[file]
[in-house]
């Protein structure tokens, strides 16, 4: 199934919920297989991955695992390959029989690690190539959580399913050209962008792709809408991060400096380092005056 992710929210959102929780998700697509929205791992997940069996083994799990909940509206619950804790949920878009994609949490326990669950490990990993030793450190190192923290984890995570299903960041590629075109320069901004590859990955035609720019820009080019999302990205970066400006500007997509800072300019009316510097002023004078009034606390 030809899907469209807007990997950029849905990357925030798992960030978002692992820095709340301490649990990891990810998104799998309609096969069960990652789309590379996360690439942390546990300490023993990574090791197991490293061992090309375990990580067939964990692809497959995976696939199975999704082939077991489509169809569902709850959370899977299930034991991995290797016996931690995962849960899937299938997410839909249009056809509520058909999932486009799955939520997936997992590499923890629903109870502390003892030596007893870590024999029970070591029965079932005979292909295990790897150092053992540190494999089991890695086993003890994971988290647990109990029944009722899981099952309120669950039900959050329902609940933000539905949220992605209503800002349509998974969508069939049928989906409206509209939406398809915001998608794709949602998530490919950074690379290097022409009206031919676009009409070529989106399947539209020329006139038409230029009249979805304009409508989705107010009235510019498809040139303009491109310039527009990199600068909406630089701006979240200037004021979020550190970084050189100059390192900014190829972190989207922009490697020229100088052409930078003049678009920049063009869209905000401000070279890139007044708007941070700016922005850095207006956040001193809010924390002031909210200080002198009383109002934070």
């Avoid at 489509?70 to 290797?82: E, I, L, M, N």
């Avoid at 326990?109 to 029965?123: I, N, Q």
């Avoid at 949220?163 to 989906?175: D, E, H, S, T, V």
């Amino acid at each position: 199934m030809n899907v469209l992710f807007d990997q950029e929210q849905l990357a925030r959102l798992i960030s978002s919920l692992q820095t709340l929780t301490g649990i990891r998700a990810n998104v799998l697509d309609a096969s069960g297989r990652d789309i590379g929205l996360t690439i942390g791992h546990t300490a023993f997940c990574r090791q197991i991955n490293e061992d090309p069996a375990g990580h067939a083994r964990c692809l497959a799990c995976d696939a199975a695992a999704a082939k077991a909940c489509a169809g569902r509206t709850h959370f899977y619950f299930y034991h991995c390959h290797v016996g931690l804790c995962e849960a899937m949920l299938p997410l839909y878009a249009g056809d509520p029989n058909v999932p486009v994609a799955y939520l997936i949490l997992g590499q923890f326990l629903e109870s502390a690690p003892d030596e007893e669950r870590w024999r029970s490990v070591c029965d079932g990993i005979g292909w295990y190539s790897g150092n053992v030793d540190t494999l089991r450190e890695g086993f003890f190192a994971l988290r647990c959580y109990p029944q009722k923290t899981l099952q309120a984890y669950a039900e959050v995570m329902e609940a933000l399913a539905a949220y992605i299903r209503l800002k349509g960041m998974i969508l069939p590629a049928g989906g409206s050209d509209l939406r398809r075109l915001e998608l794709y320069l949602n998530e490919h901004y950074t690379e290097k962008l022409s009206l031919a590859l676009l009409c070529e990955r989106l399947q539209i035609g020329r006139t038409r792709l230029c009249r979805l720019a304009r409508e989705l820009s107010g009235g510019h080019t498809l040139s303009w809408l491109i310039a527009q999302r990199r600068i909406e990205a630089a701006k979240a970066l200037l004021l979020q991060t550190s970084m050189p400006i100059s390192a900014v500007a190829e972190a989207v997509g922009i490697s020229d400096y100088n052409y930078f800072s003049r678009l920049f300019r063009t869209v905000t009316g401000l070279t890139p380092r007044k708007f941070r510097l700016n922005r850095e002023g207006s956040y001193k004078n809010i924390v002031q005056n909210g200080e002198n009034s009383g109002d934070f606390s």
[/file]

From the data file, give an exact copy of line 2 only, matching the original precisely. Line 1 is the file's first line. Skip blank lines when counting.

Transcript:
């Protein structure tokens, strides 16, 4: 199934919920297989991955695992390959029989690690190539959580399913050209962008792709809408991060400096380092005056 992710929210959102929780998700697509929205791992997940069996083994799990909940509206619950804790949920878009994609949490326990669950490990990993030793450190190192923290984890995570299903960041590629075109320069901004590859990955035609720019820009080019999302990205970066400006500007997509800072300019009316510097002023004078009034606390 030809899907469209807007990997950029849905990357925030798992960030978002692992820095709340301490649990990891990810998104799998309609096969069960990652789309590379996360690439942390546990300490023993990574090791197991490293061992090309375990990580067939964990692809497959995976696939199975999704082939077991489509169809569902709850959370899977299930034991991995290797016996931690995962849960899937299938997410839909249009056809509520058909999932486009799955939520997936997992590499923890629903109870502390003892030596007893870590024999029970070591029965079932005979292909295990790897150092053992540190494999089991890695086993003890994971988290647990109990029944009722899981099952309120669950039900959050329902609940933000539905949220992605209503800002349509998974969508069939049928989906409206509209939406398809915001998608794709949602998530490919950074690379290097022409009206031919676009009409070529989106399947539209020329006139038409230029009249979805304009409508989705107010009235510019498809040139303009491109310039527009990199600068909406630089701006979240200037004021979020550190970084050189100059390192900014190829972190989207922009490697020229100088052409930078003049678009920049063009869209905000401000070279890139007044708007941070700016922005850095207006956040001193809010924390002031909210200080002198009383109002934070």